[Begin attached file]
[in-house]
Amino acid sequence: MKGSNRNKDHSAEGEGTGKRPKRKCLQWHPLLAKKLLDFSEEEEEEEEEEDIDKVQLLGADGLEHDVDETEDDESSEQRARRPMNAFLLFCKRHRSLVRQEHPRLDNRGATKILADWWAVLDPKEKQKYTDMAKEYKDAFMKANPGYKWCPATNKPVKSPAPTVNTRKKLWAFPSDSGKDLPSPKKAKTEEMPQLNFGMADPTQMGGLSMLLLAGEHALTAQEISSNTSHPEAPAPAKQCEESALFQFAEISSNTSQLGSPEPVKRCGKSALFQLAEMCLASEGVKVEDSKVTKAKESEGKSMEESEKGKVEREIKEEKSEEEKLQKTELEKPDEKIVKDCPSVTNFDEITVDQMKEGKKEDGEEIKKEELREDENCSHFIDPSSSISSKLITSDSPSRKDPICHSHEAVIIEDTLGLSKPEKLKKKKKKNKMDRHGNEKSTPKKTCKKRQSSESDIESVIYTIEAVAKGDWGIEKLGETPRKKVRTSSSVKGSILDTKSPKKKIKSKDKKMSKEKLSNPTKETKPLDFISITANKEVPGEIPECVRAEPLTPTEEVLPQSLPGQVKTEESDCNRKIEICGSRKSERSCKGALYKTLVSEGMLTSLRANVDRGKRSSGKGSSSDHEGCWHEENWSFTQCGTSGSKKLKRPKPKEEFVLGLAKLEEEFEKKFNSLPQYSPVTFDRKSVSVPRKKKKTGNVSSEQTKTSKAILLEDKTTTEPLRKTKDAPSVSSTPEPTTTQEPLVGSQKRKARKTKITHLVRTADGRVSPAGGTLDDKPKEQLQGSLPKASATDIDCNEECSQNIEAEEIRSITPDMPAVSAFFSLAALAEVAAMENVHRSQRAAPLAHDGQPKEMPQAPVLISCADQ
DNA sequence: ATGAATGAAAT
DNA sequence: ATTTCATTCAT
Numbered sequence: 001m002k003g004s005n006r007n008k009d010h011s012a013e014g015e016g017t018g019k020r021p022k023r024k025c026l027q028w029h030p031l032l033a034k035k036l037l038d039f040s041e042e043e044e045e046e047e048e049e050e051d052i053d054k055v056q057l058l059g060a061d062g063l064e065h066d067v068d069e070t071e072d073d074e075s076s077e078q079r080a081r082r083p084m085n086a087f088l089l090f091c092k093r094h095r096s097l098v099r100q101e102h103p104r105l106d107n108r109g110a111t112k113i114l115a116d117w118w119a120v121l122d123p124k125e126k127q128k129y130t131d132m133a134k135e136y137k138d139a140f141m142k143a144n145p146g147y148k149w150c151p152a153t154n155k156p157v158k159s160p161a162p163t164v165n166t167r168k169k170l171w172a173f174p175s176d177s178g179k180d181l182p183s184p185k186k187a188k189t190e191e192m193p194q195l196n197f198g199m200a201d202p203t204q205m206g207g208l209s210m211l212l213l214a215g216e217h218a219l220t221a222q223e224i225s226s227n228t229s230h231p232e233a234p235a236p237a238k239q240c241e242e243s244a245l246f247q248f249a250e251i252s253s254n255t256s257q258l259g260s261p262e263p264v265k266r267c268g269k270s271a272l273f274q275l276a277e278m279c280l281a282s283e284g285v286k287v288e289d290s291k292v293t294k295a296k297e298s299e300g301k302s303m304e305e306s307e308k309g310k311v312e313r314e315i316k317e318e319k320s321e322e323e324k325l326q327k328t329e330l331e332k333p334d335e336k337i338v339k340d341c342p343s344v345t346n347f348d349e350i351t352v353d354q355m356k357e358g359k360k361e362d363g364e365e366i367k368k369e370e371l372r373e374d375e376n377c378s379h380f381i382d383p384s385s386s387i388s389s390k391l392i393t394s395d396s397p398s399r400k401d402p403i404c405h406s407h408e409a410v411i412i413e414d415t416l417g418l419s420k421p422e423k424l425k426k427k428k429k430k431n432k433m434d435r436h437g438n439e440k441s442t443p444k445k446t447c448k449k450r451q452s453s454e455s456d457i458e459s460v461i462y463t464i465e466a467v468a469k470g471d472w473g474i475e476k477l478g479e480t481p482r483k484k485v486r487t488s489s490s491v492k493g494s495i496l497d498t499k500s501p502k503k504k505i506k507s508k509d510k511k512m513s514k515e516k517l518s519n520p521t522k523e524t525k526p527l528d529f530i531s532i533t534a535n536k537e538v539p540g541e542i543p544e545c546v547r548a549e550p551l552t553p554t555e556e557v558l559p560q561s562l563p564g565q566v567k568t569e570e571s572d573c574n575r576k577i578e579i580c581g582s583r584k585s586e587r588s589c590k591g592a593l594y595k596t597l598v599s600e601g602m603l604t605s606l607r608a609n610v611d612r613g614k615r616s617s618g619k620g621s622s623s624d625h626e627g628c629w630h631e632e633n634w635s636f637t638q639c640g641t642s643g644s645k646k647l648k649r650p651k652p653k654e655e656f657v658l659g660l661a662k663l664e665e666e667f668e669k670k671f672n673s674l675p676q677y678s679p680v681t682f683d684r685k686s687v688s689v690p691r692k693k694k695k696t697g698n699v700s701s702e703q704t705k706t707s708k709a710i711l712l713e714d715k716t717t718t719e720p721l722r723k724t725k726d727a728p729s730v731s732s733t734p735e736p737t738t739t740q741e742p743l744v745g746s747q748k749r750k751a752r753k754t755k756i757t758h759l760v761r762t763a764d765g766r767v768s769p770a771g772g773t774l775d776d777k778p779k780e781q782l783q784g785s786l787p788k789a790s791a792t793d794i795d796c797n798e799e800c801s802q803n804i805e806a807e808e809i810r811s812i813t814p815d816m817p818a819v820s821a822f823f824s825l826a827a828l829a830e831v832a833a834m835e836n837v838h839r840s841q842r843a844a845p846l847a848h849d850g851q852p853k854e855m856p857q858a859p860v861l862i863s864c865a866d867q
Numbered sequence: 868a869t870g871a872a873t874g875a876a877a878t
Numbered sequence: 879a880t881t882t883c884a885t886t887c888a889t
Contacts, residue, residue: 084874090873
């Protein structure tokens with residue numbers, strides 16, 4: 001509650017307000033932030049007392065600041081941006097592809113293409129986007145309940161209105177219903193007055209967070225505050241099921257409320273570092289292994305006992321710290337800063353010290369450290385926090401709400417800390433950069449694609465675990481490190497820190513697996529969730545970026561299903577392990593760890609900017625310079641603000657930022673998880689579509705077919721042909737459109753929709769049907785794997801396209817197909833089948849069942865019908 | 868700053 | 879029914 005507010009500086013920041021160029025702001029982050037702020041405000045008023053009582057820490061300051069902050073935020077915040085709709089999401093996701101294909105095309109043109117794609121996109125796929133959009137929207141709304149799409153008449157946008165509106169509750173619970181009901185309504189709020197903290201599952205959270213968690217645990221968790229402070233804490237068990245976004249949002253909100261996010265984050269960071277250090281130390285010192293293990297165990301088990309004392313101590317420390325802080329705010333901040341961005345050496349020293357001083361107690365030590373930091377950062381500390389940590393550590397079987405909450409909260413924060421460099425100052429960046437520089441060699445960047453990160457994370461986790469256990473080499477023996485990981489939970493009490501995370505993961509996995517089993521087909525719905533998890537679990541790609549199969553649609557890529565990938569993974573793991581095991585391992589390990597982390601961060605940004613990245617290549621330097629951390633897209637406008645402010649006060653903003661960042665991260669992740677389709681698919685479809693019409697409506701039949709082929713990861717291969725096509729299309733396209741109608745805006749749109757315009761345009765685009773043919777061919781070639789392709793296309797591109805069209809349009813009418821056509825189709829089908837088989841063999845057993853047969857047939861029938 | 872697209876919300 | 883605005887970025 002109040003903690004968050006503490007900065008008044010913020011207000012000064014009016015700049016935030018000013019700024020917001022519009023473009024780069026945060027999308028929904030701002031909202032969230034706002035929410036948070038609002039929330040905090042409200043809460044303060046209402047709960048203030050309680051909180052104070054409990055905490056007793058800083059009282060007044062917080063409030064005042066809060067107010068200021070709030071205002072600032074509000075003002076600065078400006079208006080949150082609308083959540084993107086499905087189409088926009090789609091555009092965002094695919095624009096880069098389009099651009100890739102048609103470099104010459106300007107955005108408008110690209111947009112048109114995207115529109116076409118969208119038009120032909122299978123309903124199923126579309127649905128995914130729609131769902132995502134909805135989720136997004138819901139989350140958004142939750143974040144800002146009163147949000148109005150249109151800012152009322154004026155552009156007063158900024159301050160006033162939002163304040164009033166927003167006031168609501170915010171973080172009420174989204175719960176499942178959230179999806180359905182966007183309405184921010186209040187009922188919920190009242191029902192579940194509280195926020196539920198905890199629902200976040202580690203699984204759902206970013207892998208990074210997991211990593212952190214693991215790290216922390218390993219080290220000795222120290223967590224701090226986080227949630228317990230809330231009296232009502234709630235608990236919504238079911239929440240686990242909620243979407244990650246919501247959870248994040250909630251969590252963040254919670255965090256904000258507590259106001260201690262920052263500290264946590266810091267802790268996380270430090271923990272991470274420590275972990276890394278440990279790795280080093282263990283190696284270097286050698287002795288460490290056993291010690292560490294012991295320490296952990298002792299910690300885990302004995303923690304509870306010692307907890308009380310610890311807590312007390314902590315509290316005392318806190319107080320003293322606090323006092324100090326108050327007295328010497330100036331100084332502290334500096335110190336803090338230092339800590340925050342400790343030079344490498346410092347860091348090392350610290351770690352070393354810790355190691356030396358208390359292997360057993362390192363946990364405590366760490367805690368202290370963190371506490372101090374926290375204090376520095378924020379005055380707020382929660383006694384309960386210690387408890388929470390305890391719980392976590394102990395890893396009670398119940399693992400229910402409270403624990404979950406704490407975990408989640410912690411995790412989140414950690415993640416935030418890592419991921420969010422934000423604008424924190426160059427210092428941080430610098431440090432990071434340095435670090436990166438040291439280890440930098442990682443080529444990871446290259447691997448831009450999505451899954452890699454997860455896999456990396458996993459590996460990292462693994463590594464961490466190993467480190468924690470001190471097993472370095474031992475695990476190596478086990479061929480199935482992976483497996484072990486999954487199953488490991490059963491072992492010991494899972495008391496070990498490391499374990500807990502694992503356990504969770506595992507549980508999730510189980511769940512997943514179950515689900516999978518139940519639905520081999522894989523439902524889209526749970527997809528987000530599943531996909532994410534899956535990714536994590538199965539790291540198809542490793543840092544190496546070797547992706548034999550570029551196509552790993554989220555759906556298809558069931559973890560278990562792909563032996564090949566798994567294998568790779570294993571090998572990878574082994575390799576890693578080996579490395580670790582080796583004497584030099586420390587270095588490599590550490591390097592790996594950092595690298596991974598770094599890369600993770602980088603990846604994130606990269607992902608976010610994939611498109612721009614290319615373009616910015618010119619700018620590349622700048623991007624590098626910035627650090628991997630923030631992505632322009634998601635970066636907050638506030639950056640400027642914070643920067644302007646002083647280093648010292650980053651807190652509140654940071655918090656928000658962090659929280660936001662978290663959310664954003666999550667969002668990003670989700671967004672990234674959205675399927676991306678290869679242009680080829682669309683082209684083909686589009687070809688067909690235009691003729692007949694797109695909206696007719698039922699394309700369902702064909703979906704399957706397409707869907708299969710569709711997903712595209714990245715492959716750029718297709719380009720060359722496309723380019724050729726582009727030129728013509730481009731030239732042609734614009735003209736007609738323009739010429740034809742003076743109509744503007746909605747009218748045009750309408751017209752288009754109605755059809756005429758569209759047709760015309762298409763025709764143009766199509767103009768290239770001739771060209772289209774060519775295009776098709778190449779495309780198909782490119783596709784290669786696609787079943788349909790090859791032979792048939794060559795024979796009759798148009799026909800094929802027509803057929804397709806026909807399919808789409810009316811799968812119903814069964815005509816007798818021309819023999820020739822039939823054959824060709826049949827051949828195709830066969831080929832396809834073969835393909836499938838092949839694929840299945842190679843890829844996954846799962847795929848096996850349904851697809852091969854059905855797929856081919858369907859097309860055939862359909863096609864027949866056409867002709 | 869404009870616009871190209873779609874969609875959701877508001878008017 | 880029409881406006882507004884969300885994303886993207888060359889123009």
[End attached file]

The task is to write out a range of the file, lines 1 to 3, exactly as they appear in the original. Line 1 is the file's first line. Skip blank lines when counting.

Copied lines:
[in-house]
Amino acid sequence: MKGSNRNKDHSAEGEGTGKRPKRKCLQWHPLLAKKLLDFSEEEEEEEEEEDIDKVQLLGADGLEHDVDETEDDESSEQRARRPMNAFLLFCKRHRSLVRQEHPRLDNRGATKILADWWAVLDPKEKQKYTDMAKEYKDAFMKANPGYKWCPATNKPVKSPAPTVNTRKKLWAFPSDSGKDLPSPKKAKTEEMPQLNFGMADPTQMGGLSMLLLAGEHALTAQEISSNTSHPEAPAPAKQCEESALFQFAEISSNTSQLGSPEPVKRCGKSALFQLAEMCLASEGVKVEDSKVTKAKESEGKSMEESEKGKVEREIKEEKSEEEKLQKTELEKPDEKIVKDCPSVTNFDEITVDQMKEGKKEDGEEIKKEELREDENCSHFIDPSSSISSKLITSDSPSRKDPICHSHEAVIIEDTLGLSKPEKLKKKKKKNKMDRHGNEKSTPKKTCKKRQSSESDIESVIYTIEAVAKGDWGIEKLGETPRKKVRTSSSVKGSILDTKSPKKKIKSKDKKMSKEKLSNPTKETKPLDFISITANKEVPGEIPECVRAEPLTPTEEVLPQSLPGQVKTEESDCNRKIEICGSRKSERSCKGALYKTLVSEGMLTSLRANVDRGKRSSGKGSSSDHEGCWHEENWSFTQCGTSGSKKLKRPKPKEEFVLGLAKLEEEFEKKFNSLPQYSPVTFDRKSVSVPRKKKKTGNVSSEQTKTSKAILLEDKTTTEPLRKTKDAPSVSSTPEPTTTQEPLVGSQKRKARKTKITHLVRTADGRVSPAGGTLDDKPKEQLQGSLPKASATDIDCNEECSQNIEAEEIRSITPDMPAVSAFFSLAALAEVAAMENVHRSQRAAPLAHDGQPKEMPQAPVLISCADQ
DNA sequence: ATGAATGAAAT